Tag Archives: M.NourbeSe Philip

How important is the author’s intent?

In class when Erica asked if any of us wanted to read our postcards to M. NourbeSe Philip aloud to the class, none of us wanted to. I do not know why others in the class wanted to keep their … Continue reading

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2-sided

People frequently use metaphors, euphemisms, and deadpan demeanors to “take the heat off” of potentially distressing subjects. So, what does it mean to “beautifully manage” horror? As a Black, white, and Native American woman, I find it easy, if not almost … Continue reading

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The indigestible and the opaque

Since our discussion on Tuesday, I have returned again and again to the following quote from “Interview with an Empire” by M. NourbeSe Philip: “And if the reader stumbled, stopped and started again. If s/he choked, and gagged on the … Continue reading

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How We Survive (Zong!)

Zong! is a bodily text. M. NourbeSe Philip’s work demands of us on a mental/emotional level, but perhaps most readily on a physical level. It performs most actively on the page: its terror lies in its history; its trauma lies … Continue reading

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‘protocerealbox’: Collective Attendance and the Real Work of Language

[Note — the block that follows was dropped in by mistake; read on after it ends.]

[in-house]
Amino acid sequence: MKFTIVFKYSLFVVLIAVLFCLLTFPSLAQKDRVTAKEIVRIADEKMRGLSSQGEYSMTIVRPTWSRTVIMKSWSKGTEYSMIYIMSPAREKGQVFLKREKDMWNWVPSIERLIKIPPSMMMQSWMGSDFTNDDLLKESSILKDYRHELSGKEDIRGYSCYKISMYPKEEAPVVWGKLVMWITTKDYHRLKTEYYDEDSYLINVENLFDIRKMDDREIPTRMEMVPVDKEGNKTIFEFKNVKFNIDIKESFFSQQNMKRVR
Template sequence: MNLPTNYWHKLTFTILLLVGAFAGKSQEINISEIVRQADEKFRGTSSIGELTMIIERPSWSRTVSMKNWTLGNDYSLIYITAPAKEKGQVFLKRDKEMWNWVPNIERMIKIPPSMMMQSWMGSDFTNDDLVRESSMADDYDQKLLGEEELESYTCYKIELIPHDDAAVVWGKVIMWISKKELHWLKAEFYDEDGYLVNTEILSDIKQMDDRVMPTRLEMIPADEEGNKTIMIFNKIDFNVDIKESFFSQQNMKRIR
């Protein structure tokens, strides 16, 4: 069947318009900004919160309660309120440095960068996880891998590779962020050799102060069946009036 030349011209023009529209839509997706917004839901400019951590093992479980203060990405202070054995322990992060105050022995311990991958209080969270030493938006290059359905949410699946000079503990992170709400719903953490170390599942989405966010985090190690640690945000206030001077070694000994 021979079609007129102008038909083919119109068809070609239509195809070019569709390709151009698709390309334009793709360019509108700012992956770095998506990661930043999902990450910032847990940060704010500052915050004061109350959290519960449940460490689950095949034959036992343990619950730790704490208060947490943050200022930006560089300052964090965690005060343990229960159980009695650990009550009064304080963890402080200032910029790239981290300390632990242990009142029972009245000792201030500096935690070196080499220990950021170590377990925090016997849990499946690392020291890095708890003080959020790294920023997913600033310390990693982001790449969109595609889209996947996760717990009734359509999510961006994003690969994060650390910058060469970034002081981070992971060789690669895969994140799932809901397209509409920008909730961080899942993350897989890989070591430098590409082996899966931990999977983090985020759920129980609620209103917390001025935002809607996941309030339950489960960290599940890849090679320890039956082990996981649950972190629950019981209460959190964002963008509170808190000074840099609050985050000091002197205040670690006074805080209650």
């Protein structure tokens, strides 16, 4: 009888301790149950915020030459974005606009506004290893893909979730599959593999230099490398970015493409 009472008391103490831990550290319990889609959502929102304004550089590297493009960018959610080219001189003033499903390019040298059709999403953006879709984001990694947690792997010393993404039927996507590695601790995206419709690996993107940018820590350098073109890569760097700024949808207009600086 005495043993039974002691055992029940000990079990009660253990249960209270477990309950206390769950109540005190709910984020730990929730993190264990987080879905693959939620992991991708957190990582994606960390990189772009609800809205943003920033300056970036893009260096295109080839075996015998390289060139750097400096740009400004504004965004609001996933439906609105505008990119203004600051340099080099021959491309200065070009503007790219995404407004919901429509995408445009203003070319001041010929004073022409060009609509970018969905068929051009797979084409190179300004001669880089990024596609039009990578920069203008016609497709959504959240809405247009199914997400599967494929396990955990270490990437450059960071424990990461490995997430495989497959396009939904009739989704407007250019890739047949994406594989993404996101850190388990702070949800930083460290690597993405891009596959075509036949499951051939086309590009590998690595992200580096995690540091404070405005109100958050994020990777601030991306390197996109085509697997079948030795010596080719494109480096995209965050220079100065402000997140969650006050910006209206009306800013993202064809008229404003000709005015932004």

Fred Moten, in his essay, “the plan,” offers a personal insight into the high stakes gambit that is language. His work, and the necessary collective of saints and demons who complement this work, to communicate with and accommodate the needs … Continue reading

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Negative Space and Silence

I used to take a lot of visual art classes, and one of the concepts I struggled with the most was finding something to do with the negative space. Teachers loved to remind me to make use of it, that … Continue reading

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Daffodils and an Empire

In “Interview with an Empire,” M. NourbeSe Philip, seemingly by means of digression, devotes significant space to unpacking the image of daffodil as made famous by the english romantic lyric poet William Wordsworth (see “I Wandered Lonely as a Cloud”). … Continue reading

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